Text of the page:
“I wrote the Rover deck that first night of Startup Weekend, so by early Saturday morning I knew very clearly the brand story I wanted to tell. If we could tell the story and demo part of the product reasonably well, that’s a nice formula because it’s not possible to build out all aspects of the product during the weekend.”
Greg knows to avoid the trap of an overly high level, general pitch. He advises: “Share a personal story about someone you know well and take me through why it’s an important problem worth solving, and how you would solve it. It sounds so simple, but it’s amazing how hard it is to do that.”
Build a Company in 54 Hours
Techstars Startup Weekend has hosted over 5,800 events in more than 150 countries, with over 330,000 alumni. At these events you’ll be immersed in the ideal environment to learn, build, and meet your next team.
In Greg’s words:
Startup Weekend is an incredible, intense, addicting experience. For those who haven’t tried one yet, you should sign up for the next one.
Find a Techstars Startup Weekend near you.
AccorHotels is a world-leading travel & lifestyle group and digital innovator offering unique experiences in more than 4,200 hotels, resorts and residences ,as well as in over 10,000 of the finest private homes around the globe. Through a heartfelt mission: to make every guest Feel Welcome.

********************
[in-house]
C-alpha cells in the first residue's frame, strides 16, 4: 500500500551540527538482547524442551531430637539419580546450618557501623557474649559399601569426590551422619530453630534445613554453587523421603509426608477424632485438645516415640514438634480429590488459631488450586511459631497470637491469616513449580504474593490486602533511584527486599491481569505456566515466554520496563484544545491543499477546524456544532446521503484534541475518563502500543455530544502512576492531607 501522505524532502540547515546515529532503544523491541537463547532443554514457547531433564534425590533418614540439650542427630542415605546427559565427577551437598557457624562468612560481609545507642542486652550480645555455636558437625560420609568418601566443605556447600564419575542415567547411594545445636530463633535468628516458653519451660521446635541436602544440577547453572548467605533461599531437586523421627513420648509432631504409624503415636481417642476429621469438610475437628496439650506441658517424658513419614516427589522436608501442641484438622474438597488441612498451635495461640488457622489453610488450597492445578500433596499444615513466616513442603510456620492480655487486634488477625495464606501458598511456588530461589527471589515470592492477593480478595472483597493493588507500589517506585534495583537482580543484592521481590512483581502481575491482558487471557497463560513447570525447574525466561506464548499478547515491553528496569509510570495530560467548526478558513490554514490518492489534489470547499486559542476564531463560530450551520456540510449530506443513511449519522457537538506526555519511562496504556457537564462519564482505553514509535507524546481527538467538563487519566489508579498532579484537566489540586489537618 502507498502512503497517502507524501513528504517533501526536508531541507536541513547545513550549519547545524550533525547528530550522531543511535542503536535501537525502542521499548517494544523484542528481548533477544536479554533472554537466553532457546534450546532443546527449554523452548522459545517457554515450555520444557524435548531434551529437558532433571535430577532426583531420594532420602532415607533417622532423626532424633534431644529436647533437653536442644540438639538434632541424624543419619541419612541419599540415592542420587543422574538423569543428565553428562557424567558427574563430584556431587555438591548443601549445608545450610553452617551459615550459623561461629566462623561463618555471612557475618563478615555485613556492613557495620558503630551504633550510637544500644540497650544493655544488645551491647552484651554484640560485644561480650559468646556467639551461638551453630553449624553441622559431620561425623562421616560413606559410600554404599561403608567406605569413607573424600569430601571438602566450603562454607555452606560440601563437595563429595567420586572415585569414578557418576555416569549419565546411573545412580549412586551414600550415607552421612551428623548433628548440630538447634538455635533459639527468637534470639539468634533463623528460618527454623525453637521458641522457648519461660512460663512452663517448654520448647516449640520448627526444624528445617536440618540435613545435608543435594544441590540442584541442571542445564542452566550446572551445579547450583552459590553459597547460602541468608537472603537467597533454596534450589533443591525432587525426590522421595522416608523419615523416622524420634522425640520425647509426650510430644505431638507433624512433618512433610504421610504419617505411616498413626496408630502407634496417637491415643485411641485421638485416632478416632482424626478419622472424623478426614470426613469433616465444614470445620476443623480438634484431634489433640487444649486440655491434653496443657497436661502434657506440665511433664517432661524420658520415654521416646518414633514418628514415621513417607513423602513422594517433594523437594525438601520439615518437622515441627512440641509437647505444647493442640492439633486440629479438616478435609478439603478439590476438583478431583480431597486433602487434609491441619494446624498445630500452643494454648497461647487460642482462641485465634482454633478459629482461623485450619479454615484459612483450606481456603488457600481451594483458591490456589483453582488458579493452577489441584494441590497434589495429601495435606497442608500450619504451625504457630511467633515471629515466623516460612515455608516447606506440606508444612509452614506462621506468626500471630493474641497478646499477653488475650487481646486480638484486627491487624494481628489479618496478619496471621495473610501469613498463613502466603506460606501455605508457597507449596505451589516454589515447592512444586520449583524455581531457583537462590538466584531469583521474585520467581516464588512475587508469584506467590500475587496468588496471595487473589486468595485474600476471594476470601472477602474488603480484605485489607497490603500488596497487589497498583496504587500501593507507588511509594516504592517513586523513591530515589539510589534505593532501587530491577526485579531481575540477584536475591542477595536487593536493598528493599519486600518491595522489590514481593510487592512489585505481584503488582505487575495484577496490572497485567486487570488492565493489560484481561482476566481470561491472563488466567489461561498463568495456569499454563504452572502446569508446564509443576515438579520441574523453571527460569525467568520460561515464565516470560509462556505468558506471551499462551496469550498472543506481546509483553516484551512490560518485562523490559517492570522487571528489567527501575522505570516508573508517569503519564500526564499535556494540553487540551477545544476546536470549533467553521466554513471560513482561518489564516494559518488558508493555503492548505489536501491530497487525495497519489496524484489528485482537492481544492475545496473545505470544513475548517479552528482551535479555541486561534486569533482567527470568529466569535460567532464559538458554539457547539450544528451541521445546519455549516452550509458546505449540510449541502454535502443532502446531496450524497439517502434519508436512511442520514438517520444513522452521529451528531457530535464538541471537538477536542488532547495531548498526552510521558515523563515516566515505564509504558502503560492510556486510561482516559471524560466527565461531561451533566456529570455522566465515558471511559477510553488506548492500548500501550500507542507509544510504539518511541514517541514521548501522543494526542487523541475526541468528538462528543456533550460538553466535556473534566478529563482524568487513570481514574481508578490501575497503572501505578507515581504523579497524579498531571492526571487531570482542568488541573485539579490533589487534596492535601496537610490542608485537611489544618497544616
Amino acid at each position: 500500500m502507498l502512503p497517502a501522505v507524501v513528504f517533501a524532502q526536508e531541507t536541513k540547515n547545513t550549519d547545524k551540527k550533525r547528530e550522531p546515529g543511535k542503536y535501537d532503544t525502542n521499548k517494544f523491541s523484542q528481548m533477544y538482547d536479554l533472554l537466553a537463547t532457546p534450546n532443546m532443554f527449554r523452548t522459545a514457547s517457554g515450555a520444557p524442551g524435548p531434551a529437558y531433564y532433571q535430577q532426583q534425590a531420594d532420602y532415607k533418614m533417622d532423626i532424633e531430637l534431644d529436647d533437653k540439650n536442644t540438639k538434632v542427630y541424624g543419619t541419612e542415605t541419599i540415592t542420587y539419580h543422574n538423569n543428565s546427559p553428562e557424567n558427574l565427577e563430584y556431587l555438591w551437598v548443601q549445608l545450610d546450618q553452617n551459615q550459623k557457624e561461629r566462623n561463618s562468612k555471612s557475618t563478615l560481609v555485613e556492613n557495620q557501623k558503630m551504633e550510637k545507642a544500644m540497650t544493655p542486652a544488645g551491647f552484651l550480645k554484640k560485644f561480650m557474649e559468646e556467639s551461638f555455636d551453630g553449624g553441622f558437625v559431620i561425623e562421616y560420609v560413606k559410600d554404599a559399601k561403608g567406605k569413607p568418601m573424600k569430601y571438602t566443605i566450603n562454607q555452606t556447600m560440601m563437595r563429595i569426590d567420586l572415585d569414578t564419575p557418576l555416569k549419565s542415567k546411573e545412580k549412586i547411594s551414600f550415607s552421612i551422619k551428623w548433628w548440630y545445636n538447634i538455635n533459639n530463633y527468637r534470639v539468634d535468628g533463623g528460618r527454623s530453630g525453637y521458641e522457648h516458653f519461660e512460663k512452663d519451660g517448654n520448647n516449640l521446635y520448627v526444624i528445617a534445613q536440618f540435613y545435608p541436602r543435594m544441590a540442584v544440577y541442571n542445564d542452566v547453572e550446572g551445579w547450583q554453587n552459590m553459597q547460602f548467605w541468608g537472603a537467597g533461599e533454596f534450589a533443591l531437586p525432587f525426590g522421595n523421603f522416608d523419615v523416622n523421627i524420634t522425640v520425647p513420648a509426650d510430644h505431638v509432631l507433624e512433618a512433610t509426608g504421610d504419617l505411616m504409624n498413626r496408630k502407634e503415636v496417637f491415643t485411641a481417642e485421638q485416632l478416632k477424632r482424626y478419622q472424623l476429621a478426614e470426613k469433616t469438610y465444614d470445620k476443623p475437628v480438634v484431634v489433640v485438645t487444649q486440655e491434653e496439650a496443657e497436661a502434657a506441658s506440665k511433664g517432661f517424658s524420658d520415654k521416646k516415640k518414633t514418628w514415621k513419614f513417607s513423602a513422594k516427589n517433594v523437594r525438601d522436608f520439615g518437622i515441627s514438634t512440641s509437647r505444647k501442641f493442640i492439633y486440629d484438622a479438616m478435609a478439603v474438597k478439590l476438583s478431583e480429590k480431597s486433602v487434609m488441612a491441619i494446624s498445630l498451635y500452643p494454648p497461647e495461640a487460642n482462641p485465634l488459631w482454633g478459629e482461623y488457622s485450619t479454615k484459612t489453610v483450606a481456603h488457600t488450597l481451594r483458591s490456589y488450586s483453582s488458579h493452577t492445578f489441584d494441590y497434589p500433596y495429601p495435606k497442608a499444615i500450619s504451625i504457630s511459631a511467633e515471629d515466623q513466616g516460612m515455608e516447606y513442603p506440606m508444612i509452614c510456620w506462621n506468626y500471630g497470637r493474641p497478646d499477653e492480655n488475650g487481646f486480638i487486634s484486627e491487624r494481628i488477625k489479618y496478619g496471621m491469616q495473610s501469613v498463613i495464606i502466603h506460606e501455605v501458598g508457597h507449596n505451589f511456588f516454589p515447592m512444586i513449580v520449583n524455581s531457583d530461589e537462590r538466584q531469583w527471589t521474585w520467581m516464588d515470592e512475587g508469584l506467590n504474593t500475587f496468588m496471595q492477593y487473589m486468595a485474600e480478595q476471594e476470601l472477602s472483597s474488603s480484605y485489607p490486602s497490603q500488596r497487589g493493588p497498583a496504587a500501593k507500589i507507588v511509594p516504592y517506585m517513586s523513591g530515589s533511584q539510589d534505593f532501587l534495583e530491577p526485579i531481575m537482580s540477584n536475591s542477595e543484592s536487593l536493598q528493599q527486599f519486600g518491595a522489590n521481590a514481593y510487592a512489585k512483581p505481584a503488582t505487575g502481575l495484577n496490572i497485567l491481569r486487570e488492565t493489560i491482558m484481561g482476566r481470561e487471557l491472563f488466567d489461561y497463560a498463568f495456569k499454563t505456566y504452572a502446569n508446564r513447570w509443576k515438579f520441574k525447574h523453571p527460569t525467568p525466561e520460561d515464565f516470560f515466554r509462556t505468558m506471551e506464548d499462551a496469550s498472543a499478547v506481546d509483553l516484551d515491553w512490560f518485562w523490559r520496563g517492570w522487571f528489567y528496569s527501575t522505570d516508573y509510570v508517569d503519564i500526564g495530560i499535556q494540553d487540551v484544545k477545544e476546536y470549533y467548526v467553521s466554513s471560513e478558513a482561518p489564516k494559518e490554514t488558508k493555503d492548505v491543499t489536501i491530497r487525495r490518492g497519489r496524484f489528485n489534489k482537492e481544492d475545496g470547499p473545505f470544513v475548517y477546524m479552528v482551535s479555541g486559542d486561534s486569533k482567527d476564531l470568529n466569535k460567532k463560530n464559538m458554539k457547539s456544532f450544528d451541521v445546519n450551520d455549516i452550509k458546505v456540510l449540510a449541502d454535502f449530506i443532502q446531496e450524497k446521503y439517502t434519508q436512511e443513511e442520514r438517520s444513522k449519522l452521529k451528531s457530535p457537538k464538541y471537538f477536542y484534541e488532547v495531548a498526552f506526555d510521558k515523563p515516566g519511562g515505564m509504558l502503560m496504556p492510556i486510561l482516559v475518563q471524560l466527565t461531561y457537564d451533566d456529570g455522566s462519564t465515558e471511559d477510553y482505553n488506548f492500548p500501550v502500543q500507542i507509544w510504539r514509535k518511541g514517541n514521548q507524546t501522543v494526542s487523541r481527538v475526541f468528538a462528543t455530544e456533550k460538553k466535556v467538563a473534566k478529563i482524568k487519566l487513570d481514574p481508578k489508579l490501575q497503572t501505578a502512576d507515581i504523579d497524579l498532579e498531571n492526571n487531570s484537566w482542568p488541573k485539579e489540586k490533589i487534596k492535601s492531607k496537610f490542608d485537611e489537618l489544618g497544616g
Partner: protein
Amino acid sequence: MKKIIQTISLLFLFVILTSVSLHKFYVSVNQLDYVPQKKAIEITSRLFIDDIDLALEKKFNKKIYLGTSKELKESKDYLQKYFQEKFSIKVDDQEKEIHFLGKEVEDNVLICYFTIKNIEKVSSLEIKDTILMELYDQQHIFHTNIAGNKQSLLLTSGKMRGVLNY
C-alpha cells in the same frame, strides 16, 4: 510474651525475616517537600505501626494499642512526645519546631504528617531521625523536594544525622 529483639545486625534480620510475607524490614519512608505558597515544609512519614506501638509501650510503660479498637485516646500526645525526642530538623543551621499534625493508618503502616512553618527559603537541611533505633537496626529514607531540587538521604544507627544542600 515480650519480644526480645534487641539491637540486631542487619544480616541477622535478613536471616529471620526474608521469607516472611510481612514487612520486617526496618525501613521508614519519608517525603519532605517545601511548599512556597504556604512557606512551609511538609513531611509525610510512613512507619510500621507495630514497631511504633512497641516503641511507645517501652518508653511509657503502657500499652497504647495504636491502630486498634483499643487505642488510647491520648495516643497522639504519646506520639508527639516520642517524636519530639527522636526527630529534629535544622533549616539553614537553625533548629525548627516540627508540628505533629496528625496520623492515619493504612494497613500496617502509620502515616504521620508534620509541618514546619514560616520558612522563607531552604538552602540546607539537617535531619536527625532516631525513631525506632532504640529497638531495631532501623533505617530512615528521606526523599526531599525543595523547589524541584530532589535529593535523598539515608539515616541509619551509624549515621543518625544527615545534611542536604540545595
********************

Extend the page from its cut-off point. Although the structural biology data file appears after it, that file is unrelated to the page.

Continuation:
Topics of interest 2018:
- AI for customer relationship – hyper personnalisation.
- Big data
- AR / VR
- Social network of services (daily services, management of employees and planning)
- Blockchain (validation of contract, crypto money)
- Prop tech – Data management (management and performance of buildings, privacy and storage)
Employees: 250,000 in 95 countries
The world leader in gases, technologies and services for Industry and Health, Air Liquide serves more than 3.5 million customers and patients. Oxygen, nitrogen and hydrogen are essential small molecules for life, matter and energy. They embody Air Liquide’s scientific territory and have been at the core of the company’s activities since its creation in 1902. long term. I
Topics of interest 2018:
- Data analytics
- Administrative tasks
- Customer excellence
- Asset management.
Employees: 65,000 in 80 countries
FDJ is the French national Lottery and Sports Booking leader. 4th lottery group in the world, FDJ develops and operates 5 ranges of games : draw games, fast draw games, scratch cards, interactive digital games and sports betting. With €15,1 billion of stakes and 26 million players in 2017, FDJ guarantees the accessibility of its games with a distribution network of more than 31,000 points of sale, a website and applications for smartphones and tablets.